Medway’s wildly unambitious cycling plans
Plus Rochester Castle Concerts get a rebrand, cross-party unity at full council, and BBC Question Time in Gillingham
What should the next ten years of cycling and walking infrastructure in Medway look like? Pretty much the same as it does now if the new plans being consulted on by Medway Council are anything to go by. We have the full details below. Further down, we have news on the new promoter and branding for the Rochester Castle Concerts following some underwhelming years, all the big news from this week’s Medway Council meeting, and of course, we can’t ignore BBC Question Time from Gillingham.
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Medway’s wildly unambitious cycling plans
Driving has seemingly become the predominant culture war in Medway. The Conservative opposition came out strongly in favour of illegal parking by opposing Rainham’s red route. They have opposed selling car parks, which recently included one that was literally inaccessible. The Labour administration introducing School Streets and enforcing offences like yellow box infringements has led to further accusations that the administration is anti-car, or according to the more conspiratorial types, preparing for some kind of Medway ULEZ.
The latest phase in this war came this week with Medway Council launching their latest devastating attack on drivers by consulting on improved cycle paths and walking routes in our towns. Brutal.
The Medway Local Cycling and Walking Infrastructure Plan (or LCWIP, as it’s more snappily known) consultation began this week, and sets out a ‘framework for infrastructure improvements over the next 10 years’.
So what is being proposed for a grand project over a decade?
Not very much, it seems.
The consultation is based around nine new cycling routes and two new walking routes, though how much that is truly new here is up for debate. Admittedly, for a council with no money, it’s understandable that the ambition won’t be that grand, but the plans on offer here are weak, and in some cases, non-sensical.
The walking routes in particular propose so little that there’s barely any point. The Gillingham route from Canterbury Street to Chatham Docks offers nothing beyond blocking some pavement parking, adding some tactile paving and rephasing some traffic lights. The second route from Brompton to Maidstone Road in Chatham offers the same, with some added footpath resurfacing and enforcement of parking restrictions for a small stretch. Bold stuff.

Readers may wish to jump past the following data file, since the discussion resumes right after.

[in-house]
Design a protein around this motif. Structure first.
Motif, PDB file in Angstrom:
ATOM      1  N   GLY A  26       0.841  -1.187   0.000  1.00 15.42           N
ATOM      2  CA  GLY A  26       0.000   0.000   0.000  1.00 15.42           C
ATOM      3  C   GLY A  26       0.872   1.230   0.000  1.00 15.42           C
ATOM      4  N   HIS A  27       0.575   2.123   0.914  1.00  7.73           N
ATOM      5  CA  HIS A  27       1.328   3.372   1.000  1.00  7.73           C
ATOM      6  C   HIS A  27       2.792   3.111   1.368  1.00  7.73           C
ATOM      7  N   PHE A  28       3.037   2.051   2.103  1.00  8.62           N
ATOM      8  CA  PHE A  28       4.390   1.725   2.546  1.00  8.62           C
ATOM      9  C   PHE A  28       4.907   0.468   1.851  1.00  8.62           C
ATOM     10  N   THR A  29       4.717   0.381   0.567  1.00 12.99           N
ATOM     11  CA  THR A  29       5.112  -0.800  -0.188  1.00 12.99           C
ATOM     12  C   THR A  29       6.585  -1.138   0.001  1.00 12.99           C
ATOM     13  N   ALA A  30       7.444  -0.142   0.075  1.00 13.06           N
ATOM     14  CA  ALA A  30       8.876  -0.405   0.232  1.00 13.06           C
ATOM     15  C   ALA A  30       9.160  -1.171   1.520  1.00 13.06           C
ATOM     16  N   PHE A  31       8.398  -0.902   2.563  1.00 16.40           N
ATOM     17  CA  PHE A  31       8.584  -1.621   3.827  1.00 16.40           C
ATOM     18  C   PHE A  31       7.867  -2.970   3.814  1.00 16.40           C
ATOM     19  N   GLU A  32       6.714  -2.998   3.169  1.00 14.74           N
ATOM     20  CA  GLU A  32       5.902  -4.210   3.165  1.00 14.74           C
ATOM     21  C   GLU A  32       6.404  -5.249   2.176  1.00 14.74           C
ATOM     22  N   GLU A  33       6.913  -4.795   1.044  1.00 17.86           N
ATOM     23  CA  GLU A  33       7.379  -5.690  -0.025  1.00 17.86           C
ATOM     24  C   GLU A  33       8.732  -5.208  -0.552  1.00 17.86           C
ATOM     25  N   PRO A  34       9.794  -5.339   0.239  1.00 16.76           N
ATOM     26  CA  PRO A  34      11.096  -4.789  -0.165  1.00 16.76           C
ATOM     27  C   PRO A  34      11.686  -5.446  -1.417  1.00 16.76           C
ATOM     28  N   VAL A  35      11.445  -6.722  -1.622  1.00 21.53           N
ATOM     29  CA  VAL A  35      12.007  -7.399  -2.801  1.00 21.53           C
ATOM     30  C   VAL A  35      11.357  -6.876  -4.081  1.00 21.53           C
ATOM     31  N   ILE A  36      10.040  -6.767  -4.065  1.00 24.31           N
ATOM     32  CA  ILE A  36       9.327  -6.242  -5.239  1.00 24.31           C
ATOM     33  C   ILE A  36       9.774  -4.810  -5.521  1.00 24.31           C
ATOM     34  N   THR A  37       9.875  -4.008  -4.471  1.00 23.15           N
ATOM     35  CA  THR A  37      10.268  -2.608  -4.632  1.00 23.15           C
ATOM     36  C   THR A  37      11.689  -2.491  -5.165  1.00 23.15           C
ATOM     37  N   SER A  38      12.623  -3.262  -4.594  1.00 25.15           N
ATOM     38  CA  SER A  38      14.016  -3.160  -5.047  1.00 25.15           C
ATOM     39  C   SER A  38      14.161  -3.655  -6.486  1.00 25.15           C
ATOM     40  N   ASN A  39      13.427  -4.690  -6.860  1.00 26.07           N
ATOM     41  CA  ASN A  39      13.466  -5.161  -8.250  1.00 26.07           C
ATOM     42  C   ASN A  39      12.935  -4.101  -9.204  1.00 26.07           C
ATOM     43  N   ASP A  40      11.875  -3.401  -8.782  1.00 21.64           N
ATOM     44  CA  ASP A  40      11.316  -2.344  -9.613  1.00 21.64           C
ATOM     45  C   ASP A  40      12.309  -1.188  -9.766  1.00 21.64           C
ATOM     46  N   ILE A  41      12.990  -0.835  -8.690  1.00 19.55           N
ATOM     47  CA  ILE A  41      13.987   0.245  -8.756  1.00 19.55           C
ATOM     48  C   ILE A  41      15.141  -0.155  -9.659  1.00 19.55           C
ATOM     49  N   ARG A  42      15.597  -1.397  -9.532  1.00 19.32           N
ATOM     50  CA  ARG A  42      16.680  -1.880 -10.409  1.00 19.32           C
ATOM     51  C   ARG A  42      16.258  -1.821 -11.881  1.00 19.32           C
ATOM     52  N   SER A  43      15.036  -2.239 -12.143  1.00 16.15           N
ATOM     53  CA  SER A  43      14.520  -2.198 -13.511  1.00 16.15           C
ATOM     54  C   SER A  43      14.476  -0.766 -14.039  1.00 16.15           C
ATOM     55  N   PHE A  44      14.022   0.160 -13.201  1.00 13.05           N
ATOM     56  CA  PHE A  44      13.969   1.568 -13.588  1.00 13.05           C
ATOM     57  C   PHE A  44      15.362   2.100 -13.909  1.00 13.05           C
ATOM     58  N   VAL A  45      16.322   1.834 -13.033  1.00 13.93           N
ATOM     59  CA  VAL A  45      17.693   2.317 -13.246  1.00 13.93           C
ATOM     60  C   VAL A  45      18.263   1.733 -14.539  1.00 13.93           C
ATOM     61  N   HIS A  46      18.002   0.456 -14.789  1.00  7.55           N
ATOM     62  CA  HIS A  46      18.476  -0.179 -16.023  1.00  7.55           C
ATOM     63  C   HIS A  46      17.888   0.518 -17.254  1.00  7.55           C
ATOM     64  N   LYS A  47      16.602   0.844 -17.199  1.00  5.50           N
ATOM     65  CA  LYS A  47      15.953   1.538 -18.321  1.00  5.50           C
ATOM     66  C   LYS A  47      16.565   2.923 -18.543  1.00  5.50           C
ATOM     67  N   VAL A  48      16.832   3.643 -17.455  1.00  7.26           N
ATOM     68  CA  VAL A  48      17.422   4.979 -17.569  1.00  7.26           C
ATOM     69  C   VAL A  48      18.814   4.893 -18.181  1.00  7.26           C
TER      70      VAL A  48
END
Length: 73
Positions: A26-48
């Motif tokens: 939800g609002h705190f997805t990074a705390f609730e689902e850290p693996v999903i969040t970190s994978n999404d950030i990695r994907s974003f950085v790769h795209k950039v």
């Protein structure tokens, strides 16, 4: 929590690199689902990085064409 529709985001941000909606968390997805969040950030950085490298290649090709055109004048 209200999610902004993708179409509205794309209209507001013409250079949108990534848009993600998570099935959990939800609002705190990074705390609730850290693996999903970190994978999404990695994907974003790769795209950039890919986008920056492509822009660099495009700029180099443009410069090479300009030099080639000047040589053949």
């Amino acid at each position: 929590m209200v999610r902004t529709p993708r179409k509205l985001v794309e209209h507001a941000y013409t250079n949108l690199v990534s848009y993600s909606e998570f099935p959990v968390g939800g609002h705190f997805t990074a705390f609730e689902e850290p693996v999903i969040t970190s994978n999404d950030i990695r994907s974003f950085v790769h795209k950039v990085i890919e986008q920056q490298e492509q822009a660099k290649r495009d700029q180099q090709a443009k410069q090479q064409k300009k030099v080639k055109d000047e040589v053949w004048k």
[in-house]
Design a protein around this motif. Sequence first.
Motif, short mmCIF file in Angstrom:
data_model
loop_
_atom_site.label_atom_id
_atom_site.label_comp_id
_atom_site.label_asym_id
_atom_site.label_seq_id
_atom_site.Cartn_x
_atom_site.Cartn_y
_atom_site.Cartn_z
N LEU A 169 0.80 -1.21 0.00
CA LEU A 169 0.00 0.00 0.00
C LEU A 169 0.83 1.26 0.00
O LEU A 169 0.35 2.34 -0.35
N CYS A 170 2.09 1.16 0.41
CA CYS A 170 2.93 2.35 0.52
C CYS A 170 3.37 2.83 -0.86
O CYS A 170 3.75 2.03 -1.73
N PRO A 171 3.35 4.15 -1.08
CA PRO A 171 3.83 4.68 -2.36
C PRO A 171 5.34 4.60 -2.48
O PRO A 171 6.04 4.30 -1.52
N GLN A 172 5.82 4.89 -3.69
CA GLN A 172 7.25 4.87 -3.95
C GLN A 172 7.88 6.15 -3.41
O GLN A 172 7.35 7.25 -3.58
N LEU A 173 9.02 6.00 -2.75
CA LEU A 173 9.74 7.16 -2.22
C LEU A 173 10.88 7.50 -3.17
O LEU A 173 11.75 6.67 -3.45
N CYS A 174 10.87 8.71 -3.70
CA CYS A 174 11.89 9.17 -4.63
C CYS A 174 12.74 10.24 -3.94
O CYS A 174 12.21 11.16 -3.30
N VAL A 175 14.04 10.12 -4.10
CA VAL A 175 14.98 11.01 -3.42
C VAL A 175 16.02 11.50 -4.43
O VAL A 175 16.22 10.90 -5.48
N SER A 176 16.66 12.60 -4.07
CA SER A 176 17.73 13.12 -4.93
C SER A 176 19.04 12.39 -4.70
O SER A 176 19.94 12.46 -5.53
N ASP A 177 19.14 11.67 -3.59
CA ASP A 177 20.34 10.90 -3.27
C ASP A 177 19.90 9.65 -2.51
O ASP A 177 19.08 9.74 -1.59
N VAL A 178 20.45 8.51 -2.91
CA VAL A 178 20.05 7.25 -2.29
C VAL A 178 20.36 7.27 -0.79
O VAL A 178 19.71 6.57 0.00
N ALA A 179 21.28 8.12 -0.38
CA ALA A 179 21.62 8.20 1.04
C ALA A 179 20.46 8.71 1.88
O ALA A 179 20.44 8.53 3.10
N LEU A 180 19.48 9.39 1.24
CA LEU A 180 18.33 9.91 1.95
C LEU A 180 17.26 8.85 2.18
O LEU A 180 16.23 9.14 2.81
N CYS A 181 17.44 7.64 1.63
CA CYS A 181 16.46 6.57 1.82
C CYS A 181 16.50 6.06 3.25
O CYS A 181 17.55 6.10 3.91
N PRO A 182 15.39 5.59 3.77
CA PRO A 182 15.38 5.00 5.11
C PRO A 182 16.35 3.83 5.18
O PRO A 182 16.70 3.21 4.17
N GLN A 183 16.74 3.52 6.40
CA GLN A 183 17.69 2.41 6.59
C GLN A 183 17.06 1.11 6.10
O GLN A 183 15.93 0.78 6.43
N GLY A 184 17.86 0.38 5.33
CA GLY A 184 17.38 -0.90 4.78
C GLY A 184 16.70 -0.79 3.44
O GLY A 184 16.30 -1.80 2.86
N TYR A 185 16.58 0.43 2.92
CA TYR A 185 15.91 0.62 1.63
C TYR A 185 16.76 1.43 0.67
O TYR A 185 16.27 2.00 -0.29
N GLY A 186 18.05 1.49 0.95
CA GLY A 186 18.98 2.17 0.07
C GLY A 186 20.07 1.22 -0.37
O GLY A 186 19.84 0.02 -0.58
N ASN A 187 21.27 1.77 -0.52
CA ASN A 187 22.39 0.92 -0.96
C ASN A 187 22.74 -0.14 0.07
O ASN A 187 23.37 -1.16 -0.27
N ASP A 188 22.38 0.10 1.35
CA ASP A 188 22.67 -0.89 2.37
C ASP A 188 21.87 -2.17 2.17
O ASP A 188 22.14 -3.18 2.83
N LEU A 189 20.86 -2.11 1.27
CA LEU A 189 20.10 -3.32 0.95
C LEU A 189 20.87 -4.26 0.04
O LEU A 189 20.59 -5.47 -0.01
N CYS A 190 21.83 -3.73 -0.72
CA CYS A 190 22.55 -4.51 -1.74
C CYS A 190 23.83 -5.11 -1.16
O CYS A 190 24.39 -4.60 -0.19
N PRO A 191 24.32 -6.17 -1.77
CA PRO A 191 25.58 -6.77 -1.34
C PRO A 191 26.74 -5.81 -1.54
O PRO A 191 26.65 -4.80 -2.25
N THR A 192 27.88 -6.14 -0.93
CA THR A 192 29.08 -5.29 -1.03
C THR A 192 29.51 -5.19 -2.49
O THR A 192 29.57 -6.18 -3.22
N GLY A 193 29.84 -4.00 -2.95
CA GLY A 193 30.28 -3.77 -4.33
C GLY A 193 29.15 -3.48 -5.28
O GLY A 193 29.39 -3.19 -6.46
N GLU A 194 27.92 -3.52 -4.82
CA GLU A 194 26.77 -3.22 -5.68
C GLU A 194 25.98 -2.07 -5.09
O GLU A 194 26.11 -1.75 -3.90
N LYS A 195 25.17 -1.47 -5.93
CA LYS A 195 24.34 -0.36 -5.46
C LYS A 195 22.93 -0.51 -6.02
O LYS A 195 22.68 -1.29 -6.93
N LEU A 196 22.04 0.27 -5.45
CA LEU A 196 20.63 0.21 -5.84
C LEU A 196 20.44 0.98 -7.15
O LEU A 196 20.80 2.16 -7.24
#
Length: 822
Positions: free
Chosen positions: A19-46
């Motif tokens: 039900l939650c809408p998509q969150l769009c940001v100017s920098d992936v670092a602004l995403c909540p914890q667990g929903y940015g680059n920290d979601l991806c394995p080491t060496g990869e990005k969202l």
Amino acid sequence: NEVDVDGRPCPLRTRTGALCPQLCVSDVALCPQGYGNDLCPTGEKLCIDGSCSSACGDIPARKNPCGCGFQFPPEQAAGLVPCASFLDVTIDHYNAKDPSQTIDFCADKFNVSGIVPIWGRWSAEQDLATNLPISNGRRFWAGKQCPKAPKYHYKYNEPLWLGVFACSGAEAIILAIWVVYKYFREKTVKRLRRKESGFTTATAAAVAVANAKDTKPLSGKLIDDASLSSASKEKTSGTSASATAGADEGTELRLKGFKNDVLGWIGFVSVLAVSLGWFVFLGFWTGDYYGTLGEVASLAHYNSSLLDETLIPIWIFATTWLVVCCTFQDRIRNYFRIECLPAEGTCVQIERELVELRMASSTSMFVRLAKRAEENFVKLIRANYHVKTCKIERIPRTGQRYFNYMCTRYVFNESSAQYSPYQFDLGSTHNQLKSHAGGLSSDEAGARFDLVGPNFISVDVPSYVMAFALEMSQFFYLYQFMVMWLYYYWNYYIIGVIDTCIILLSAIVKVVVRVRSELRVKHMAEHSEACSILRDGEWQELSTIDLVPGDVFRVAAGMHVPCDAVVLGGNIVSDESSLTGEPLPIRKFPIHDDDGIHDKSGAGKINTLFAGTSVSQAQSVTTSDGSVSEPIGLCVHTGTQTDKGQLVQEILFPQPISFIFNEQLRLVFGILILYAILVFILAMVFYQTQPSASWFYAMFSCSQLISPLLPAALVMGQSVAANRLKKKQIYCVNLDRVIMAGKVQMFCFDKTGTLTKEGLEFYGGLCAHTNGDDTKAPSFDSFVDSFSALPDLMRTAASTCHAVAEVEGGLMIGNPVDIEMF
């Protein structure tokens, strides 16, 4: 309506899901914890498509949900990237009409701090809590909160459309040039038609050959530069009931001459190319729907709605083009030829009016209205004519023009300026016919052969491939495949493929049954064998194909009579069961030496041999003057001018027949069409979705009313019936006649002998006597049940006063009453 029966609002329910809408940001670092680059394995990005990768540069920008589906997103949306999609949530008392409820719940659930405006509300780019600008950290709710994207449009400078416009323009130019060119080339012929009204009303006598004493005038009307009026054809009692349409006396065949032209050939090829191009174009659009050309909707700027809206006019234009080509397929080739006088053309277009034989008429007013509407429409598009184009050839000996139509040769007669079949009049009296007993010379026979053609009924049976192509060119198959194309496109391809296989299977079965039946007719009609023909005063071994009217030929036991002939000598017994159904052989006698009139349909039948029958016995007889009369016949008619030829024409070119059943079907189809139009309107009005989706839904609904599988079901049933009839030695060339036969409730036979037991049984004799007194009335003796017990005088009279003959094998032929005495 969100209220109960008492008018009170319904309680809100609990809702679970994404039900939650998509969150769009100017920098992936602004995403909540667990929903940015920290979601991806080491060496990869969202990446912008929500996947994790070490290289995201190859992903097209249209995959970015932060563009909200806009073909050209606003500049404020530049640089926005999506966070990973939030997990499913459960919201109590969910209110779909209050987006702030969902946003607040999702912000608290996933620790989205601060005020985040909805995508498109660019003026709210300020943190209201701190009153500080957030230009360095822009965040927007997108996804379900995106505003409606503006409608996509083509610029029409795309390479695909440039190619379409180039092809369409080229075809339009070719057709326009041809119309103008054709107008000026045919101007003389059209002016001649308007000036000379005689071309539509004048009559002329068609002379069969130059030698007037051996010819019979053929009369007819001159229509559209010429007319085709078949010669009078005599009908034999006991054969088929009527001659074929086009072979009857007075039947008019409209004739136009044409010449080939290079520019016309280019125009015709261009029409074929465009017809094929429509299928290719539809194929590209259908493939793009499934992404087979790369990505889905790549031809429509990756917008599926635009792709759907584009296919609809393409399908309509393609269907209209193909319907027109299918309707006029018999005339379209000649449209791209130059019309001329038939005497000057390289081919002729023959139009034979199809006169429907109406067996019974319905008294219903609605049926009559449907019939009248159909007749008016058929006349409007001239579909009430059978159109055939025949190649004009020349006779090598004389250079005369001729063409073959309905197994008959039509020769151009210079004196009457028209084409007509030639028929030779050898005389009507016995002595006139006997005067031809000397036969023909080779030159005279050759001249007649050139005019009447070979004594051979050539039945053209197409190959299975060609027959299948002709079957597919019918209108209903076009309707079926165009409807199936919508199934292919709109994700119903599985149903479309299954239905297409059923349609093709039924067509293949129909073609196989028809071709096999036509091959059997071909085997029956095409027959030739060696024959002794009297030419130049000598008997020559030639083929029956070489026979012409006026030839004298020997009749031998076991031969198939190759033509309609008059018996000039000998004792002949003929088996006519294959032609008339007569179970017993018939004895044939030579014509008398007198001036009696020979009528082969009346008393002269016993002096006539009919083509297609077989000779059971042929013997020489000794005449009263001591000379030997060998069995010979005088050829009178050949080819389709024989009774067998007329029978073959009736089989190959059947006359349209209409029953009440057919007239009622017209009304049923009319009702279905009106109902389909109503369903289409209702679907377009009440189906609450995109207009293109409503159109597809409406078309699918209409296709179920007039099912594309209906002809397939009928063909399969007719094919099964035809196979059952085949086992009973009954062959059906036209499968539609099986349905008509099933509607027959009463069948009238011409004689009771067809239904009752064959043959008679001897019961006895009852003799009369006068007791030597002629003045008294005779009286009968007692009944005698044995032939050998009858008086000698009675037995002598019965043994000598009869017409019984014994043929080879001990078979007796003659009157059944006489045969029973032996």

Plans on the cycling side are a little more ambitious, but only on certain routes. One area that does face significant changes is Maidstone Road in Rainham, which will see several connecting roads closed, raised tables introduced, a separate cycle lane, and a 20mph speed limit that will only apply to the main road, and not the considerably smaller streets off of it.
Elsewhere, Ingram Road in Gillingham will just get the 20mph speed limit (again not on connecting roads though) and some raised zebra crossings. We’re unsure how raised zebra crossings are particularly a cycling facility, but we’re not the experts. Plans for Dock Road in Chatham show a layout almost identical to now, just with an additional crossing a few metres from an existing one.
By the time we get to Rochester, the plans have almost given up themselves. Corporation Street and across Rochester Bridge are significant cycling routes, but no new facility is offered as ‘the busy nature of the route makes any major infrastructural changes potentially disruptive’. Slightly more helpfully, the Intra section of the High Street is proposed to be reduced to 20mph, but not much more than that, despite it being dominated by rat-running traffic
Strood will see the most significant intervention, particularly when it comes to 20mph speed limits, which will be littered across the area in the style of a Jackson Pollock painting. The small street area around the Tesco store will become a 20mph, as well as tiny sections of Priory Road, Cuxton Road, and Darnley Road, the latter of which will also receive a segregated lane for much of its length. None of these things are inherently bad, but the scattershot approach does raise some questions.
For fans of cycling alongside a 70mph dual carriageway, plans are in place to add a cycle lane alongside the A289 between Four Elms Hill and Sans Pareil roundabout, with a crossing being added at the latter, which should be a blessing for those trying to escape the Strood exit in a car for much of the day. The route will continue down Frindsbury Hill before unceremoniously ending before it connects to another proposed route in Strood.
Active travel is to be encouraged, and any progress to improve cycling and walking provision in Medway is welcome, but these plans are disappointingly weak, particularly for something that is supposed to shape the next decade of infrastructure in our towns. Whether the restrained plans on offer are a result of budgetary pressures or wanting to avoid the kind of Low Traffic Neighbourhood blowback that was seen in parts of London is a question that remains open.